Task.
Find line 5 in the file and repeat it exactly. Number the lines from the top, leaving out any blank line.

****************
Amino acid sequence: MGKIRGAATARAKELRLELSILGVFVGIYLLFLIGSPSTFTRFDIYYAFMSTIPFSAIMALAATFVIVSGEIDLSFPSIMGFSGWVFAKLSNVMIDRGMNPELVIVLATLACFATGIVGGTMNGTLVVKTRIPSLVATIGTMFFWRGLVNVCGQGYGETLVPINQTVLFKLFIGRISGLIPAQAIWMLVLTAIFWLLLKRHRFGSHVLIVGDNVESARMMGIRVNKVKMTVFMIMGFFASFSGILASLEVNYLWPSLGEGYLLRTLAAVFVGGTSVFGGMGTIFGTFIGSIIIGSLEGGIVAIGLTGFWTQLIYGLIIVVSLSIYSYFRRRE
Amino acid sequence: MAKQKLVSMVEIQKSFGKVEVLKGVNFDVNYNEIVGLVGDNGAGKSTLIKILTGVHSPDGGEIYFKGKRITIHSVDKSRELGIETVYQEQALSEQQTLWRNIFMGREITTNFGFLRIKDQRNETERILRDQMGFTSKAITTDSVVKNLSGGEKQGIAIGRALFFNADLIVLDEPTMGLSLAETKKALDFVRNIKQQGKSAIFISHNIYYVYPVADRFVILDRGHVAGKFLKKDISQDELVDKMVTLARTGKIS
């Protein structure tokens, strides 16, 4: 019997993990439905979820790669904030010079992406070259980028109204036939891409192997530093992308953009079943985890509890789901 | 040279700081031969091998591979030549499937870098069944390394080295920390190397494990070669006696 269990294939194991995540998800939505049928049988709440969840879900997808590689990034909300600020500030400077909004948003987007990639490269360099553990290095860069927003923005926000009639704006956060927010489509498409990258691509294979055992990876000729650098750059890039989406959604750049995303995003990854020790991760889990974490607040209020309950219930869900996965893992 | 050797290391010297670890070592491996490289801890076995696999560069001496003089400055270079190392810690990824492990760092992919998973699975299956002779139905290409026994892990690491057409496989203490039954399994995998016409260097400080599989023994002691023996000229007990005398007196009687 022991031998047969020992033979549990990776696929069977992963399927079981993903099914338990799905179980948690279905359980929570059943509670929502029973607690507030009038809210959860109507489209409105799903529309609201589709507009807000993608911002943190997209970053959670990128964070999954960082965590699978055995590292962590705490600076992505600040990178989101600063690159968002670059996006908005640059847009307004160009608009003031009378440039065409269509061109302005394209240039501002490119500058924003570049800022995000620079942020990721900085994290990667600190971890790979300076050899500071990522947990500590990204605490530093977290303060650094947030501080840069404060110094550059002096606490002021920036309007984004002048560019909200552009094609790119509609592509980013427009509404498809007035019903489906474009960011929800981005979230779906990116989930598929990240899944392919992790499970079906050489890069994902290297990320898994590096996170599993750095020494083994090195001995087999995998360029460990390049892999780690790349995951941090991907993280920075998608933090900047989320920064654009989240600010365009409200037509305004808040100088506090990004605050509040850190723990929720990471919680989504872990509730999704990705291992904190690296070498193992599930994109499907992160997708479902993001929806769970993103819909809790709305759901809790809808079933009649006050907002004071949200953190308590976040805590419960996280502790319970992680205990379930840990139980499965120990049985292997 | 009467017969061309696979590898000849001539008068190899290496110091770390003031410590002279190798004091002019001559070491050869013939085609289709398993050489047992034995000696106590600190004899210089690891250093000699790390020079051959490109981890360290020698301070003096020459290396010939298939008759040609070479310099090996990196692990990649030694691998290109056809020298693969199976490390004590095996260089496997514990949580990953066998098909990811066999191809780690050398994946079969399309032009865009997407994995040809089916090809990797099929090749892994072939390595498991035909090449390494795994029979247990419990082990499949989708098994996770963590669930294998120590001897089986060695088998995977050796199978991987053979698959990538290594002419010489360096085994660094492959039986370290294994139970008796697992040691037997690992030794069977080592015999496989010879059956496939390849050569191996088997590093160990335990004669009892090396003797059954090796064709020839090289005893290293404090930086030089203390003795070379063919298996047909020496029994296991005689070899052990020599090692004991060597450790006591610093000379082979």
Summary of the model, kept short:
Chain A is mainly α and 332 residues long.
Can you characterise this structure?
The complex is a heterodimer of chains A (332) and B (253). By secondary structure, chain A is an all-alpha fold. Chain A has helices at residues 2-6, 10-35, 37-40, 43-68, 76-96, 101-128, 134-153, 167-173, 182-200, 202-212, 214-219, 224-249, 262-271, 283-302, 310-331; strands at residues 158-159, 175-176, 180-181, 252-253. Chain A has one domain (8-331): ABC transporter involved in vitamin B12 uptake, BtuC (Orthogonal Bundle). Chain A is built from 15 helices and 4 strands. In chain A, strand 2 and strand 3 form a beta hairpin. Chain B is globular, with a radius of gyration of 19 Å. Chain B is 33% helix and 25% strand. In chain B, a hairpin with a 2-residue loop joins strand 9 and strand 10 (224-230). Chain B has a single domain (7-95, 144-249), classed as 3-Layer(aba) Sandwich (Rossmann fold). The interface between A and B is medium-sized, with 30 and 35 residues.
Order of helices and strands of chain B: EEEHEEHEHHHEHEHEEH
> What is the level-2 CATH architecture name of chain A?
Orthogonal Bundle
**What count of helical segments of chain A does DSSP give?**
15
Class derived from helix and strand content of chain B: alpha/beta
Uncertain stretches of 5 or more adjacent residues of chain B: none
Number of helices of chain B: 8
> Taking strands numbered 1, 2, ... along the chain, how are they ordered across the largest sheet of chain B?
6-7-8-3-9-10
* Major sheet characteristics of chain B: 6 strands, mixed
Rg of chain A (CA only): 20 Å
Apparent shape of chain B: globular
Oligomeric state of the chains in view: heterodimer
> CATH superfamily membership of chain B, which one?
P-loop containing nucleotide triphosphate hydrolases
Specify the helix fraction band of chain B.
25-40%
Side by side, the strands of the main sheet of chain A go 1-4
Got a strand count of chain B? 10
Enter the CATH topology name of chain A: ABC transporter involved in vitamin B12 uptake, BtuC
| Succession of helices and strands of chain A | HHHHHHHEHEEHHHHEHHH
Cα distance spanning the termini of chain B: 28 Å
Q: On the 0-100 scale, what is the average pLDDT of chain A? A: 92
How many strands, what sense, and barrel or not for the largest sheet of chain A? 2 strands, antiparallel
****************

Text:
Chain A is mainly α and 332 residues long.